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Mulvey v. Perez

United States District Court, M.D. Tennessee, Nashville Division

April 18, 2017

JOHN A. MULVEY, Plaintiff,
THOMAS E. PEREZ, Defendant.



         This matter is presently before the Court on plaintiff's motion for partial summary judgment [docket entry 59]. Defendant has filed a response in opposition and plaintiff has filed a reply. As the issues have been fully briefed, the Court shall decide the motion without a hearing.

         This is an employment discrimination action. Plaintiff, a former employee of the Department of Labor (“DOL”), alleges that he was subjected to discrimination and a hostile work environment because of his disability, denied medical leave, and retaliated against, in violation of his rights under Title VII, the Rehabilitation Act, the Family and Medical Leave Act, and the Fair Labor Standards Act. Plaintiff also asserts a claim under the Privacy Act, based on the alleged disclosure of plaintiff's medical information by one Labor Department employee to another. In the instant motion, plaintiff seeks summary judgment on his Privacy Act claim.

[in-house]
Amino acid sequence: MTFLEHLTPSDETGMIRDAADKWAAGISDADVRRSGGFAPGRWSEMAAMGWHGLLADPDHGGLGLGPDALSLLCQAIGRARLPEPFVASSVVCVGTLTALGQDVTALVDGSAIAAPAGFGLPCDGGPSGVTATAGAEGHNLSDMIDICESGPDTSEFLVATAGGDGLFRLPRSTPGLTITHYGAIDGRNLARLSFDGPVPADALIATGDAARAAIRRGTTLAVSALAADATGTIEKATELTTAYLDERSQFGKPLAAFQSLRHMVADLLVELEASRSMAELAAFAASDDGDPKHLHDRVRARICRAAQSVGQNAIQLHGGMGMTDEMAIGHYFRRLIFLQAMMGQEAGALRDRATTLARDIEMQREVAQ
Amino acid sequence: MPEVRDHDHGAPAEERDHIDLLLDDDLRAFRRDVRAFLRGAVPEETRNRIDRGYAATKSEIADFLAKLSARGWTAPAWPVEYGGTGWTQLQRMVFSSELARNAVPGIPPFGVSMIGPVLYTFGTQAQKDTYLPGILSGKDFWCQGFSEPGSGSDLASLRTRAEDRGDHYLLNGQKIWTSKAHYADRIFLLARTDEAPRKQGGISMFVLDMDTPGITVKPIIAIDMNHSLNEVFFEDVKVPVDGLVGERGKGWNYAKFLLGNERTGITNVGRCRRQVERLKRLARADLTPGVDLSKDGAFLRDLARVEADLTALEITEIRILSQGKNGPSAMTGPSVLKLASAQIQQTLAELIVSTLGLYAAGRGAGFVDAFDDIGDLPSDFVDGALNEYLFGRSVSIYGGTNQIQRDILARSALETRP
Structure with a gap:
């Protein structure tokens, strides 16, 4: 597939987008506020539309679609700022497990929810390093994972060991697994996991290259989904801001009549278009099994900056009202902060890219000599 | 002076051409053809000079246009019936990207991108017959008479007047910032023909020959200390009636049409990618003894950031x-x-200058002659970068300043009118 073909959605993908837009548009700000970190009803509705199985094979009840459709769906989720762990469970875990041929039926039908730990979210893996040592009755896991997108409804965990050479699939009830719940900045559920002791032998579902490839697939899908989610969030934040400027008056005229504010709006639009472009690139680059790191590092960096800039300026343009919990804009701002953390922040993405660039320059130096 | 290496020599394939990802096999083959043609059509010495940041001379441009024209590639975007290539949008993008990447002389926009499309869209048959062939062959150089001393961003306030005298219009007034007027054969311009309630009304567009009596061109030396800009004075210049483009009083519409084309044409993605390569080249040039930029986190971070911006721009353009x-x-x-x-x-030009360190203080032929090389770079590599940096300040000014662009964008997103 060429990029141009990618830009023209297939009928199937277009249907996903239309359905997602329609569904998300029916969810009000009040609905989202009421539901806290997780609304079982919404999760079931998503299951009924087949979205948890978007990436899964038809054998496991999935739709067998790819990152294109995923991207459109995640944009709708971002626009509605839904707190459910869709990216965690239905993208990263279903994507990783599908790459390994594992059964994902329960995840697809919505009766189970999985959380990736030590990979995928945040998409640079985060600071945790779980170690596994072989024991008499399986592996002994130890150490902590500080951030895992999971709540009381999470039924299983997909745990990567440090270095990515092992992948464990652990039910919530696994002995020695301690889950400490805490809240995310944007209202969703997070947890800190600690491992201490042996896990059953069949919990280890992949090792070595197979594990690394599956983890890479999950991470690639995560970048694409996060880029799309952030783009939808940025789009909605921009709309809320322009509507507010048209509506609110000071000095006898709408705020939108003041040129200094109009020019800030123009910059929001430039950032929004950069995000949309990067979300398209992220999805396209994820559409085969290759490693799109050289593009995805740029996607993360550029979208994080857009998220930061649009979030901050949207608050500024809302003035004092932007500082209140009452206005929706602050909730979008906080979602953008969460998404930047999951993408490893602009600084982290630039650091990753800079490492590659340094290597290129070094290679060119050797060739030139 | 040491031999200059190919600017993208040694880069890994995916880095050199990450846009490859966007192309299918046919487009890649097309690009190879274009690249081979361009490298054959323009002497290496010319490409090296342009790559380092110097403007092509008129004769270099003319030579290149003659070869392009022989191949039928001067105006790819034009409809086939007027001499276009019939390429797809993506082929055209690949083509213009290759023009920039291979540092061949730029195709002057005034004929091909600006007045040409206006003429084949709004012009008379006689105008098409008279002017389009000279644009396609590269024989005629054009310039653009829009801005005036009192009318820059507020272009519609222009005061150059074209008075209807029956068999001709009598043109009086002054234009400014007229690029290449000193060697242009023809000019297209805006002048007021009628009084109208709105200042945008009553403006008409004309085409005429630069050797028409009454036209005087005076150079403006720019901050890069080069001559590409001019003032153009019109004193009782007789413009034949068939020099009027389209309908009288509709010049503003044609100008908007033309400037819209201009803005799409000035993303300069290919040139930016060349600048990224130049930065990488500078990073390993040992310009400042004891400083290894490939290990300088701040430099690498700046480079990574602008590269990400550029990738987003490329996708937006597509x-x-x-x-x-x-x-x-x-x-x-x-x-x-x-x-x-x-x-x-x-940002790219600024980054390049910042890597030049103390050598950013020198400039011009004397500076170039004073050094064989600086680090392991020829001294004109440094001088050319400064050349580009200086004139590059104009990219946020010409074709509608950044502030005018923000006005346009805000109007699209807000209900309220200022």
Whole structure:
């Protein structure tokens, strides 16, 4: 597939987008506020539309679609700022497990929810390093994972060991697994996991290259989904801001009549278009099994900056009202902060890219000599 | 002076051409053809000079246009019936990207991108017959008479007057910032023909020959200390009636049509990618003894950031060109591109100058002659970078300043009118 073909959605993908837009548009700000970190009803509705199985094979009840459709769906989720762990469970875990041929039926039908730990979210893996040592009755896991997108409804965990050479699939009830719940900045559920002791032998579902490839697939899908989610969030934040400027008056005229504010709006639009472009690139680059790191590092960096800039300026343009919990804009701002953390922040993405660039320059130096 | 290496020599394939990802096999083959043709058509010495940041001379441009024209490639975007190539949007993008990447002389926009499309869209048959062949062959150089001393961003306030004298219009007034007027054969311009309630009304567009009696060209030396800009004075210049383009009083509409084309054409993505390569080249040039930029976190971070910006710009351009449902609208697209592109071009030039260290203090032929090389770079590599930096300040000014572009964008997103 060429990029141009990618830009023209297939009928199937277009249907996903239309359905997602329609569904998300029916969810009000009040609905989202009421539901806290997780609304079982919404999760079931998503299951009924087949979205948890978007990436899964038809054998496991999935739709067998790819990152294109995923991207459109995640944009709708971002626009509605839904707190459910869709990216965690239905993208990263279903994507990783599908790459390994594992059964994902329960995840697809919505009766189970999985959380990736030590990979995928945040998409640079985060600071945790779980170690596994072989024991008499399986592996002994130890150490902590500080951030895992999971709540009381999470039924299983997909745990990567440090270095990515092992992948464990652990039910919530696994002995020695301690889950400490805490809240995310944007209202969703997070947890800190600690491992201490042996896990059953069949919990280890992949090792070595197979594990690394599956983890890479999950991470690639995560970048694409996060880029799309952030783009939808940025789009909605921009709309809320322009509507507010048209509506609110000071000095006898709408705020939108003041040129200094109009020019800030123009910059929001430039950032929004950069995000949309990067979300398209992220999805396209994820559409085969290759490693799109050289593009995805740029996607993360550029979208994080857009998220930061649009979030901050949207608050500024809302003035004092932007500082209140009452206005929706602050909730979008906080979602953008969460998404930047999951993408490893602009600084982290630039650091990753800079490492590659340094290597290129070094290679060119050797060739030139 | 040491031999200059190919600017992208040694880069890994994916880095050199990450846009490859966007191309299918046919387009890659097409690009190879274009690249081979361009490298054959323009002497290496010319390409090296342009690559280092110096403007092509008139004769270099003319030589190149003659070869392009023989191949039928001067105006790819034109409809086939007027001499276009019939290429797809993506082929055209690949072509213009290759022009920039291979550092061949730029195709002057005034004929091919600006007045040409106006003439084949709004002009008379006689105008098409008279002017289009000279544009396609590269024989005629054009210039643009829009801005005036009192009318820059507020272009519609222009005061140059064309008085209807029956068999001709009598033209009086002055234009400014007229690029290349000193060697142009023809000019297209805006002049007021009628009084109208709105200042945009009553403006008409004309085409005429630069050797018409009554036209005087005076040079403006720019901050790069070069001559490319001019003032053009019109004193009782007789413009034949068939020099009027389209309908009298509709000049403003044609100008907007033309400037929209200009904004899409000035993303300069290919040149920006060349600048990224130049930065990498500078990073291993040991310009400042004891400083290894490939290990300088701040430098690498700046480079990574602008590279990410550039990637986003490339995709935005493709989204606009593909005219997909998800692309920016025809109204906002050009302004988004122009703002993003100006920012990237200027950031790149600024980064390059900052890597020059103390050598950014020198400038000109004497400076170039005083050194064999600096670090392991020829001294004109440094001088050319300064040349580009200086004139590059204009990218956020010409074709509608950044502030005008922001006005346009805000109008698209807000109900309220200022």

Under Fed.R.Civ.P. 56(a), summary judgment is appropriate “if the movant shows that there is no genuine dispute as to any material fact and the movant is entitled to judgment as a matter of law.” “[T]he mere existence of some alleged factual dispute between the parties will not defeat an otherwise properly supported motion for summary judgment; the requirement is that there be no genuine dispute as to any material fact.” Anderson v. Liberty Lobby, Inc., 477 U.S. 242, 247-48 (1986) (emphasis in original). Viewing the evidence in the light most favorable to the opposing party, summary judgment may be granted only if the evidence is so one-sided that a reasonable fact-finder could not find for the opposing party. See Id. at 248-50; Street v. J.C. Bradford & Co., 886 F.2d 1472, 1478-80 (6th Cir. 1989). In other words, “[a] material issue of fact exists where a reasonable jury, viewing the evidence in the light most favorable to the non-moving party, could return a verdict for that party.” Vollrath v. Georgia-Pacific Corp., 899 F.2d 533, 534 (6th Cir. 1990). “The pivotal question is whether the party bearing the burden of proof has presented a jury question as to each element of its case.” Hartsel v. Keys, 87 F.3d 795, 799 (6th Cir. 1996).

         Plaintiff's Privacy Act claim is based on the following allegation:

47. On September 20, 2012, Defendant through its agent, Theresa Ball, violated the Privacy Act of 1973 and DLMS - 5 Chapter 200, by knowingly and willfully disclosing Plaintiff's confidential medical information, to include a list of Plaintiff's confidential prescription medicines, to a non-management employee, the SOL Time Keeper, who did not have legal authority, or a need to know, and without the consent of Plaintiff.
* * *